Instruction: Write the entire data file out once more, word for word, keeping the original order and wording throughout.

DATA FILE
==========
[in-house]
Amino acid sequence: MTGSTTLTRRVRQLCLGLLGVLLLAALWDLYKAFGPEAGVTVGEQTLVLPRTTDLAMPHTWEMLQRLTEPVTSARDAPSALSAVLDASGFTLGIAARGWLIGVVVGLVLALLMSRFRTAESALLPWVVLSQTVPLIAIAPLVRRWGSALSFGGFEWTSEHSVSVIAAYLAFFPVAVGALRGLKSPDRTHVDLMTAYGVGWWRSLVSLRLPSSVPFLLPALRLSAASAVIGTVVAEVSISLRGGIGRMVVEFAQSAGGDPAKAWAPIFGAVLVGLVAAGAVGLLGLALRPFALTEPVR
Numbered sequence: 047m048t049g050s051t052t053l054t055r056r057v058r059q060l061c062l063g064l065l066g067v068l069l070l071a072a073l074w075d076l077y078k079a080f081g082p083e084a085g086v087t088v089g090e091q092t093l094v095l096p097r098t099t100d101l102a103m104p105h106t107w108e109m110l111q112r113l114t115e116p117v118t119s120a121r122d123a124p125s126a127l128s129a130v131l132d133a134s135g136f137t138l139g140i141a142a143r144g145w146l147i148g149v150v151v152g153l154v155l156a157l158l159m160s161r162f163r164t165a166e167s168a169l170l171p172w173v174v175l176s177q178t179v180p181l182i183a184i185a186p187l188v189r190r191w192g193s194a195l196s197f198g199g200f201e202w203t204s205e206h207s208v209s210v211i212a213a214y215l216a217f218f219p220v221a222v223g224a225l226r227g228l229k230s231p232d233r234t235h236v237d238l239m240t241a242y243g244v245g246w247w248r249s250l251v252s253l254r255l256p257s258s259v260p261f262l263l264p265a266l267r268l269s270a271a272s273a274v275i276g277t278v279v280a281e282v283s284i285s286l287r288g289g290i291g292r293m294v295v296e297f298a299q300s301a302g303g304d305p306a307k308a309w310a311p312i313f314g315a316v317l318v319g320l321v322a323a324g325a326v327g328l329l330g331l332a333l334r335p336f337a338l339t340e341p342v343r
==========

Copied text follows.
[in-house]
Amino acid sequence: MTGSTTLTRRVRQLCLGLLGVLLLAALWDLYKAFGPEAGVTVGEQTLVLPRTTDLAMPHTWEMLQRLTEPVTSARDAPSALSAVLDASGFTLGIAARGWLIGVVVGLVLALLMSRFRTAESALLPWVVLSQTVPLIAIAPLVRRWGSALSFGGFEWTSEHSVSVIAAYLAFFPVAVGALRGLKSPDRTHVDLMTAYGVGWWRSLVSLRLPSSVPFLLPALRLSAASAVIGTVVAEVSISLRGGIGRMVVEFAQSAGGDPAKAWAPIFGAVLVGLVAAGAVGLLGLALRPFALTEPVR
Numbered sequence: 047m048t049g050s051t052t053l054t055r056r057v058r059q060l061c062l063g064l065l066g067v068l069l070l071a072a073l074w075d076l077y078k079a080f081g082p083e084a085g086v087t088v089g090e091q092t093l094v095l096p097r098t099t100d101l102a103m104p105h106t107w108e109m110l111q112r113l114t115e116p117v118t119s120a121r122d123a124p125s126a127l128s129a130v131l132d133a134s135g136f137t138l139g140i141a142a143r144g145w146l147i148g149v150v151v152g153l154v155l156a157l158l159m160s161r162f163r164t165a166e167s168a169l170l171p172w173v174v175l176s177q178t179v180p181l182i183a184i185a186p187l188v189r190r191w192g193s194a195l196s197f198g199g200f201e202w203t204s205e206h207s208v209s210v211i212a213a214y215l216a217f218f219p220v221a222v223g224a225l226r227g228l229k230s231p232d233r234t235h236v237d238l239m240t241a242y243g244v245g246w247w248r249s250l251v252s253l254r255l256p257s258s259v260p261f262l263l264p265a266l267r268l269s270a271a272s273a274v275i276g277t278v279v280a281e282v283s284i285s286l287r288g289g290i291g292r293m294v295v296e297f298a299q300s301a302g303g304d305p306a307k308a309w310a311p312i313f314g315a316v317l318v319g320l321v322a323a324g325a326v327g328l329l330g331l332a333l334r335p336f337a338l339t340e341p342v343r